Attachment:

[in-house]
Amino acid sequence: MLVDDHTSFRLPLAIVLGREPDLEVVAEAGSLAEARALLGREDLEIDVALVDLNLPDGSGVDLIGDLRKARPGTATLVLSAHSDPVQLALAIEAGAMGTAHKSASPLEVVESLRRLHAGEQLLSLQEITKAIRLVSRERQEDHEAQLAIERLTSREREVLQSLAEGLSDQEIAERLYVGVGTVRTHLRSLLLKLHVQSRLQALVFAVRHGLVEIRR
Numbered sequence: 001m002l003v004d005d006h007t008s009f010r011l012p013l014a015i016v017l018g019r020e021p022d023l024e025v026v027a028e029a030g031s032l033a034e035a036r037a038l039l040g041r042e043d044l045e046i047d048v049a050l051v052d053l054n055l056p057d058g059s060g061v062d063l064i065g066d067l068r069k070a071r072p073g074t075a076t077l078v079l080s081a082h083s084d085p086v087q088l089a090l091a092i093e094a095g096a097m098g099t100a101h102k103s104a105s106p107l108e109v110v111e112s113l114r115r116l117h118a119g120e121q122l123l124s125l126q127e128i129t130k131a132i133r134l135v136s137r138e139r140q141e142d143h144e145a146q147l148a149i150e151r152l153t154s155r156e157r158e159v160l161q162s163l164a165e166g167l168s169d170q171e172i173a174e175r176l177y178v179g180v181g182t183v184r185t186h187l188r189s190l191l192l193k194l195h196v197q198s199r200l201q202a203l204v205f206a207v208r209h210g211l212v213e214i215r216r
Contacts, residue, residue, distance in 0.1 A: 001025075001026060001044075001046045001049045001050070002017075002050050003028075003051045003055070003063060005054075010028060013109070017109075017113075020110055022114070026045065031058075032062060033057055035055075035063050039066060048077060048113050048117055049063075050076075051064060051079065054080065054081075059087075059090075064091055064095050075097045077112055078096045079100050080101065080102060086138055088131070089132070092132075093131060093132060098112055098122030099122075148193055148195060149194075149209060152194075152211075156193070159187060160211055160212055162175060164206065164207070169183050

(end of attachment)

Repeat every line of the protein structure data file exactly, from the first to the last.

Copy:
[in-house]
Amino acid sequence: MLVDDHTSFRLPLAIVLGREPDLEVVAEAGSLAEARALLGREDLEIDVALVDLNLPDGSGVDLIGDLRKARPGTATLVLSAHSDPVQLALAIEAGAMGTAHKSASPLEVVESLRRLHAGEQLLSLQEITKAIRLVSRERQEDHEAQLAIERLTSREREVLQSLAEGLSDQEIAERLYVGVGTVRTHLRSLLLKLHVQSRLQALVFAVRHGLVEIRR
Numbered sequence: 001m002l003v004d005d006h007t008s009f010r011l012p013l014a015i016v017l018g019r020e021p022d023l024e025v026v027a028e029a030g031s032l033a034e035a036r037a038l039l040g041r042e043d044l045e046i047d048v049a050l051v052d053l054n055l056p057d058g059s060g061v062d063l064i065g066d067l068r069k070a071r072p073g074t075a076t077l078v079l080s081a082h083s084d085p086v087q088l089a090l091a092i093e094a095g096a097m098g099t100a101h102k103s104a105s106p107l108e109v110v111e112s113l114r115r116l117h118a119g120e121q122l123l124s125l126q127e128i129t130k131a132i133r134l135v136s137r138e139r140q141e142d143h144e145a146q147l148a149i150e151r152l153t154s155r156e157r158e159v160l161q162s163l164a165e166g167l168s169d170q171e172i173a174e175r176l177y178v179g180v181g182t183v184r185t186h187l188r189s190l191l192l193k194l195h196v197q198s199r200l201q202a203l204v205f206a207v208r209h210g211l212v213e214i215r216r
Contacts, residue, residue, distance in 0.1 A: 001025075001026060001044075001046045001049045001050070002017075002050050003028075003051045003055070003063060005054075010028060013109070017109075017113075020110055022114070026045065031058075032062060033057055035055075035063050039066060048077060048113050048117055049063075050076075051064060051079065054080065054081075059087075059090075064091055064095050075097045077112055078096045079100050080101065080102060086138055088131070089132070092132075093131060093132060098112055098122030099122075148193055148195060149194075149209060152194075152211075156193070159187060160211055160212055162175060164206065164207070169183050